Here in the United States, people are just finishing up the Memorial Day weekend. Three days off (for those of us who believe in days off) and all the charred hot dogs and beer your distended stomach can hold. If you believe the department store ads, it’s a weekend of wholesome family fun, grilling, and patriotism. And to tell the truth, you can get Stars and Stripes on damn near anything. Don’t you want to salute your toilet paper?
On a more traditional note–for those of us who believe in traditions–it’s a holiday to remember soldiers, and the ladies auxiliary, or the DAR, or the whoever, goes out and puts teeny tiny flags on all the soldiers’ graves.
This is an event among the older set. And everybody else goes out and decorates graves in general, just in case some of the dead civilians feel left out.
In one of my more horrifying childhood memories, there are roughly a million billion cemeteries in and around my home town, and I have family buried in every single one of them. I’m fairly sure I was born so American Grandmother would have someone to keep pots of peonies from tipping over.
American Grandmother grew peonies en masse for this purpose, by the way. (Because the other choice is plastic.)
Traditions are strange. This one “started” arguably after the Civil War. Or, at least, that’s the story I’ve always heard. Women in some little border town going out to decorate, and decorating the graves of soldiers who died on both sides. Interesting thought. Then, again, those women probably had relatives on both sides.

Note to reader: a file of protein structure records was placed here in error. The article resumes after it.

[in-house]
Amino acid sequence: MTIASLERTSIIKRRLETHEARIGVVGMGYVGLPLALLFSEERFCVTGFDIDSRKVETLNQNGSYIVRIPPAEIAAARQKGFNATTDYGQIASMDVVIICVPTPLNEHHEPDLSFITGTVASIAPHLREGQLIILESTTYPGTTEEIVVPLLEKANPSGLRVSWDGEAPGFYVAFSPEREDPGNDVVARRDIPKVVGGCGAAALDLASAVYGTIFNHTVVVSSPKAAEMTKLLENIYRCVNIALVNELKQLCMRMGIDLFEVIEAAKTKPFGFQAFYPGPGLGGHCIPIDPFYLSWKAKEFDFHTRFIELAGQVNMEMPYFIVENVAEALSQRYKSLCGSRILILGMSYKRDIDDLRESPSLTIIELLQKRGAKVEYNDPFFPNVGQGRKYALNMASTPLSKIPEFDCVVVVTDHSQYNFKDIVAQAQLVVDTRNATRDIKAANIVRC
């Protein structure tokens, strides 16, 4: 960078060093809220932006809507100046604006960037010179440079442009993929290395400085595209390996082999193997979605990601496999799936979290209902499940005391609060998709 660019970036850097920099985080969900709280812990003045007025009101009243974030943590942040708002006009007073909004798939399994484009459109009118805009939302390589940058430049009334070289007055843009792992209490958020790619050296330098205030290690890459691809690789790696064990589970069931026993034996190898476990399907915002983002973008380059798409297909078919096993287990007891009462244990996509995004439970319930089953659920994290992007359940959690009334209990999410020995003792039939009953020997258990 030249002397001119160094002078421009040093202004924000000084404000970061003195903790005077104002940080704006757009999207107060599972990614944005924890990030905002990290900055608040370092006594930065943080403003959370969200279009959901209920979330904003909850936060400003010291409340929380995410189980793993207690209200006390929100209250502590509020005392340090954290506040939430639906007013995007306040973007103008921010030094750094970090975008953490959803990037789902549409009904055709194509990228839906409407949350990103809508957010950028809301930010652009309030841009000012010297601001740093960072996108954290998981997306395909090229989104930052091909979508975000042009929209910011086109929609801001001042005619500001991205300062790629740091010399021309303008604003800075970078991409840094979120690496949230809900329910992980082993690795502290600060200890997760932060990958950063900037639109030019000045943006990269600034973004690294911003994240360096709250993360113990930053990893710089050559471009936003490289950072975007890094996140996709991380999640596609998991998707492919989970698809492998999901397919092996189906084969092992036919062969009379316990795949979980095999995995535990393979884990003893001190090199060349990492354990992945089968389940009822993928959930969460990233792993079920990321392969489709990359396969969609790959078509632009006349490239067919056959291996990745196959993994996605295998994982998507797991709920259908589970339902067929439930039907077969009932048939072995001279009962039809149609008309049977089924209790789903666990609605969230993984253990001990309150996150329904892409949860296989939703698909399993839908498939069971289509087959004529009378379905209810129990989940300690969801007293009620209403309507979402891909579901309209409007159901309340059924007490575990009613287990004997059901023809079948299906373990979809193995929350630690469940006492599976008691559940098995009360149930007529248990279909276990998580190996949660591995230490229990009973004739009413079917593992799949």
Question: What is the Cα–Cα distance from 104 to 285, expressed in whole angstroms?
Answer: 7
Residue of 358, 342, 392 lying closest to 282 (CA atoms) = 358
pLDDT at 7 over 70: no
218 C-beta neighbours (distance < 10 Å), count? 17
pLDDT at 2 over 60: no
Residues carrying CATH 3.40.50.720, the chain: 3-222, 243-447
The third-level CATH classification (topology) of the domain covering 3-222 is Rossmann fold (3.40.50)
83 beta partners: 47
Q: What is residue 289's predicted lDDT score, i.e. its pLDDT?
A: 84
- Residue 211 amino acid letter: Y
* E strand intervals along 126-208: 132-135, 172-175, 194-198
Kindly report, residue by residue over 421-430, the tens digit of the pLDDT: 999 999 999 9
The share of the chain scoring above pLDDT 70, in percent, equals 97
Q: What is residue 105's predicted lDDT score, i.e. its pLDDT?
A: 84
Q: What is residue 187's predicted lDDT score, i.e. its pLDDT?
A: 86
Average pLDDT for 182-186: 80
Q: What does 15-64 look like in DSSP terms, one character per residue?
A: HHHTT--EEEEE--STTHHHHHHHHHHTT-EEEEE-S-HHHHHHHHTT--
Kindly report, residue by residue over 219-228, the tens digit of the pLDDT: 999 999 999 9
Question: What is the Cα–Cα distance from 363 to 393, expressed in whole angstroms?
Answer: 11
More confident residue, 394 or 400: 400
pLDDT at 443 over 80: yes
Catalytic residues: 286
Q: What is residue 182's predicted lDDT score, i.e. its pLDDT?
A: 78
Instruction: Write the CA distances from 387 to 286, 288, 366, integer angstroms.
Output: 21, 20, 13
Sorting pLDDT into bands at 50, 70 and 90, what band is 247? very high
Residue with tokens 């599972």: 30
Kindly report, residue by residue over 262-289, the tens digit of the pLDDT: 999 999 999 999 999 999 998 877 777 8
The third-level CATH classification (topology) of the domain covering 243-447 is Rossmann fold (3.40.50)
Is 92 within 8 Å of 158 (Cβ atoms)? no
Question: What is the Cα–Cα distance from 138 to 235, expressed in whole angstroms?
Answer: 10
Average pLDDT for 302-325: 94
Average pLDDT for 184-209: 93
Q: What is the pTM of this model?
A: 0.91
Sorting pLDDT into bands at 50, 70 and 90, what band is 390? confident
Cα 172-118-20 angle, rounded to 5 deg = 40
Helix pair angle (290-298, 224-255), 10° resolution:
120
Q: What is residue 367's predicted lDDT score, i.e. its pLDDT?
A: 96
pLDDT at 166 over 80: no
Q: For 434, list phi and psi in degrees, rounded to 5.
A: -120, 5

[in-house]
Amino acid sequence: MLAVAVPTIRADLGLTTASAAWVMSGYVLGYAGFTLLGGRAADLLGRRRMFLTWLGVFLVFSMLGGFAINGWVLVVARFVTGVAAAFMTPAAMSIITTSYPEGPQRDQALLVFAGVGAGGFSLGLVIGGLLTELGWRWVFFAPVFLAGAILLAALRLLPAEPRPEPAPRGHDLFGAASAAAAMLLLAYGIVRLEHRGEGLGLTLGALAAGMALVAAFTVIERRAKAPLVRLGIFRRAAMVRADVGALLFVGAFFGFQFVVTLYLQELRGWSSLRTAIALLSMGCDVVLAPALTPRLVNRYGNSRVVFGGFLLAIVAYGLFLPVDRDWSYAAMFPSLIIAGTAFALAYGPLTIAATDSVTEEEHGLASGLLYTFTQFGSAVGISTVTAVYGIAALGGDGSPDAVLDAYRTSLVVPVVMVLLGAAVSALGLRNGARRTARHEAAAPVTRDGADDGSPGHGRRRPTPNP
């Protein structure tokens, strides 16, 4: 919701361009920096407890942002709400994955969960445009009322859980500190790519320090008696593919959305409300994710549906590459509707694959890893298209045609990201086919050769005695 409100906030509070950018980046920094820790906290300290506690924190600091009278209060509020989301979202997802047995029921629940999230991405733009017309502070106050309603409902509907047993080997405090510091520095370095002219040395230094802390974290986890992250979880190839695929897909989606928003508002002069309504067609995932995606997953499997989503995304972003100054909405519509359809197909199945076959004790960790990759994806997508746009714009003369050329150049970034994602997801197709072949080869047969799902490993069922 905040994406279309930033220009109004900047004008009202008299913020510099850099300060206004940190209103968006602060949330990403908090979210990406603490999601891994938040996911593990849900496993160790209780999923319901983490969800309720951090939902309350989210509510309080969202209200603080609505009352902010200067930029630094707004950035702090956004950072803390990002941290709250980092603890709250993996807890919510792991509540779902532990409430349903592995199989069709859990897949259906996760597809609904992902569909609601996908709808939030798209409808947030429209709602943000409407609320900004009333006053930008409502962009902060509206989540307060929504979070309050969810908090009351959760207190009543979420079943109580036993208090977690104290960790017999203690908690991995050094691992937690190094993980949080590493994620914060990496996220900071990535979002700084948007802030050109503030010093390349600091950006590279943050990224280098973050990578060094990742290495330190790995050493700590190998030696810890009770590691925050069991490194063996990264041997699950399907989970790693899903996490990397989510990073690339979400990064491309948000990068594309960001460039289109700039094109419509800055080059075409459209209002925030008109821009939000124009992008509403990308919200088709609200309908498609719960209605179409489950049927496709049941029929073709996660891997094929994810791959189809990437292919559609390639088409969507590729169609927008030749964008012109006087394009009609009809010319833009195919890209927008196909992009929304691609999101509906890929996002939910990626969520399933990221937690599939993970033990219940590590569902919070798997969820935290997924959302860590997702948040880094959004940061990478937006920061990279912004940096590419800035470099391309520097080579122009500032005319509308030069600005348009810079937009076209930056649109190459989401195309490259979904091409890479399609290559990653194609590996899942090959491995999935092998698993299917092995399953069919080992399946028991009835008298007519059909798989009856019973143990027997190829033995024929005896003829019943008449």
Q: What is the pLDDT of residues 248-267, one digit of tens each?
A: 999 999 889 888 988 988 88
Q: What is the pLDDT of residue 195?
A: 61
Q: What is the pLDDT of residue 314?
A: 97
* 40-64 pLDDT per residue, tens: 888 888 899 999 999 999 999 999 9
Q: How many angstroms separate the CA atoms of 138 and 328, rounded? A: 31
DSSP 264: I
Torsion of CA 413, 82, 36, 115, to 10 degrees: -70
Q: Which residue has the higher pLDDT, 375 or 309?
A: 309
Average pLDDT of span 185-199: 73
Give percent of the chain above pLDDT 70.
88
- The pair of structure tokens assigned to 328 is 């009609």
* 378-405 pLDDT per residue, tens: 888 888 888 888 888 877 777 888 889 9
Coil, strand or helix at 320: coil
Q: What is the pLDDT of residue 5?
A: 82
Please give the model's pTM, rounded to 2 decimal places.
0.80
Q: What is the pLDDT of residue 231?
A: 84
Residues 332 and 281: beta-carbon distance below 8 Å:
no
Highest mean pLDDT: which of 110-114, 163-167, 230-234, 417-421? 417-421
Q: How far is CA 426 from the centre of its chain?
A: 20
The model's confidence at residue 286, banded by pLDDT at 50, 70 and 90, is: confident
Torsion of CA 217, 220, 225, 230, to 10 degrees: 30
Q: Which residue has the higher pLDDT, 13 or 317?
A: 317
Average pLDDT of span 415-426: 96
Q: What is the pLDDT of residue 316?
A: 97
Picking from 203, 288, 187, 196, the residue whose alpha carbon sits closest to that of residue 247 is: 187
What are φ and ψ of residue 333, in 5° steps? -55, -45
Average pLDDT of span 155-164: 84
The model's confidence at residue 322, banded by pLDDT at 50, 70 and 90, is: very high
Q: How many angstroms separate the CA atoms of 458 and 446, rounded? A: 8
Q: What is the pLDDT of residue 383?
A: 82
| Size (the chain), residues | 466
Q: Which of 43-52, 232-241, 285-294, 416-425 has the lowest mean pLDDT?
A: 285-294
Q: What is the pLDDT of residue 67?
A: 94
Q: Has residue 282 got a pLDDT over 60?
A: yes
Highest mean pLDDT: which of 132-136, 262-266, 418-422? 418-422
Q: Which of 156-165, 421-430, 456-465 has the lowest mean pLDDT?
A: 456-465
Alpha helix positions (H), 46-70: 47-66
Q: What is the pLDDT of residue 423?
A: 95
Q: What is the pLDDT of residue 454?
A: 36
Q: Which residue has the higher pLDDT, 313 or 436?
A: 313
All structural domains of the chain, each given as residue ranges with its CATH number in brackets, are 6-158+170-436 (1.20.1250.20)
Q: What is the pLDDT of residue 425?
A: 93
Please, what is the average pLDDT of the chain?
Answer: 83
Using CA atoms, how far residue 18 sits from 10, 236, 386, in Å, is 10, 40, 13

The environmentalist in me sees thousands of pounds of disposable plastic flowers headed for the landfill. You know… an American landfill, somewhere in the country that soldier loved.
The miser in me sees a fortune–does that say 29 or 39.99 going for that one arrangement–headed to the cemeteries, and then down the–**ahem** door. And I think about that. One of the “old soldiers” in my family bought a round of drinks for every(man) in town, once. He’s remembered for that. And even so, I can just hear the sound of his purse snapping shut. Go do something useful with your money, and get off my table! (Yup. Same guy.)
And the idealist in me… (I must’ve eaten one, once.) The idealist would like to point out that that actually using your freedoms wouldn’t be a bad way of honoring soldiers, either. You have freedom of speech, so go write something. Freedom of the press? Go read something. Go read something to your kid. Freedom of assembly? Go assemble. Take a picket sign, if you want, or a case of beer. I’m not picky.
And as for remembering soldiers… remember them in three dimensions, as individuals, as complex and unique people. As people with stories, and interests, and families. People who went fishing, and learned to love Switzerland because it was so clean, and who used to skip out on hoeing their family’s garden, because they couldn’t possibly finish the whole thing, and they knew they’d be in trouble, anyway. People who took a second honeymoon by train–by train–and wound up being chivareed in their seventies. Because that’s what their sacrifice is.